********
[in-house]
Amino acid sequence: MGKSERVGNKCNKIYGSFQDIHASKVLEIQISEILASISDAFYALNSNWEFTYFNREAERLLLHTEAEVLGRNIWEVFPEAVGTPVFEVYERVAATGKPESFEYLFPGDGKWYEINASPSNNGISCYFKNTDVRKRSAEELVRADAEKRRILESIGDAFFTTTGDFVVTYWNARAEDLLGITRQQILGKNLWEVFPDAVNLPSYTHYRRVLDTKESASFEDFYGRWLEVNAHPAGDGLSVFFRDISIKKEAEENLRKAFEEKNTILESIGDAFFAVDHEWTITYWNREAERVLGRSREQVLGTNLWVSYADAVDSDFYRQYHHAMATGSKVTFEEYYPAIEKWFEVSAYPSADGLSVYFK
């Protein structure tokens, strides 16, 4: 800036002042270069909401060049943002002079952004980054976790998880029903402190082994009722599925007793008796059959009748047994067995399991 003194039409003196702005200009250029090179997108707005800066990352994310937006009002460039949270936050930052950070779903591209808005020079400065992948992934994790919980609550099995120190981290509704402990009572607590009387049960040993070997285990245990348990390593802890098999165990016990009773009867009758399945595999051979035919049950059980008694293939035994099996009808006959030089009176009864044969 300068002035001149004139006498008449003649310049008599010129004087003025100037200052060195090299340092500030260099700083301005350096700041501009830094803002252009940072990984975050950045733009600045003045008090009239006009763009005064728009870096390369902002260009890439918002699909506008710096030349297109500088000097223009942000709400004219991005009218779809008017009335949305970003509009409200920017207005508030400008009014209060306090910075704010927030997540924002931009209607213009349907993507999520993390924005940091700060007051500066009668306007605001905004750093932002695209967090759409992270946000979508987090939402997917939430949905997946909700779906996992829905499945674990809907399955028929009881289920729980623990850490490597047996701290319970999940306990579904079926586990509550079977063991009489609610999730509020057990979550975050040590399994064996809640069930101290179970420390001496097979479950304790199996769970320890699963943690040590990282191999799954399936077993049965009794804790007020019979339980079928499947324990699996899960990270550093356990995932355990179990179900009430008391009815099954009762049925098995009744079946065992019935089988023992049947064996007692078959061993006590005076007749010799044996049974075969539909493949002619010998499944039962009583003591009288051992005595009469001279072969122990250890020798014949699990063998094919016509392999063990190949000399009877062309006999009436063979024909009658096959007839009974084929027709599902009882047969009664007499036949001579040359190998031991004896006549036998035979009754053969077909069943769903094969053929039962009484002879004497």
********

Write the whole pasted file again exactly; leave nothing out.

[in-house]
Amino acid sequence: MGKSERVGNKCNKIYGSFQDIHASKVLEIQISEILASISDAFYALNSNWEFTYFNREAERLLLHTEAEVLGRNIWEVFPEAVGTPVFEVYERVAATGKPESFEYLFPGDGKWYEINASPSNNGISCYFKNTDVRKRSAEELVRADAEKRRILESIGDAFFTTTGDFVVTYWNARAEDLLGITRQQILGKNLWEVFPDAVNLPSYTHYRRVLDTKESASFEDFYGRWLEVNAHPAGDGLSVFFRDISIKKEAEENLRKAFEEKNTILESIGDAFFAVDHEWTITYWNREAERVLGRSREQVLGTNLWVSYADAVDSDFYRQYHHAMATGSKVTFEEYYPAIEKWFEVSAYPSADGLSVYFK
């Protein structure tokens, strides 16, 4: 800036002042270069909401060049943002002079952004980054976790998880029903402190082994009722599925007793008796059959009748047994067995399991 003194039409003196702005200009250029090179997108707005800066990352994310937006009002460039949270936050930052950070779903591209808005020079400065992948992934994790919980609550099995120190981290509704402990009572607590009387049960040993070997285990245990348990390593802890098999165990016990009773009867009758399945595999051979035919049950059980008694293939035994099996009808006959030089009176009864044969 300068002035001149004139006498008449003649310049008599010129004087003025100037200052060195090299340092500030260099700083301005350096700041501009830094803002252009940072990984975050950045733009600045003045008090009239006009763009005064728009870096390369902002260009890439918002699909506008710096030349297109500088000097223009942000709400004219991005009218779809008017009335949305970003509009409200920017207005508030400008009014209060306090910075704010927030997540924002931009209607213009349907993507999520993390924005940091700060007051500066009668306007605001905004750093932002695209967090759409992270946000979508987090939402997917939430949905997946909700779906996992829905499945674990809907399955028929009881289920729980623990850490490597047996701290319970999940306990579904079926586990509550079977063991009489609610999730509020057990979550975050040590399994064996809640069930101290179970420390001496097979479950304790199996769970320890699963943690040590990282191999799954399936077993049965009794804790007020019979339980079928499947324990699996899960990270550093356990995932355990179990179900009430008391009815099954009762049925098995009744079946065992019935089988023992049947064996007692078959061993006590005076007749010799044996049974075969539909493949002619010998499944039962009583003591009288051992005595009469001279072969122990250890020798014949699990063998094919016509392999063990190949000399009877062309006999009436063979024909009658096959007839009974084929027709599902009882047969009664007499036949001579040359190998031991004896006549036998035979009754053969077909069943769903094969053929039962009484002879004497």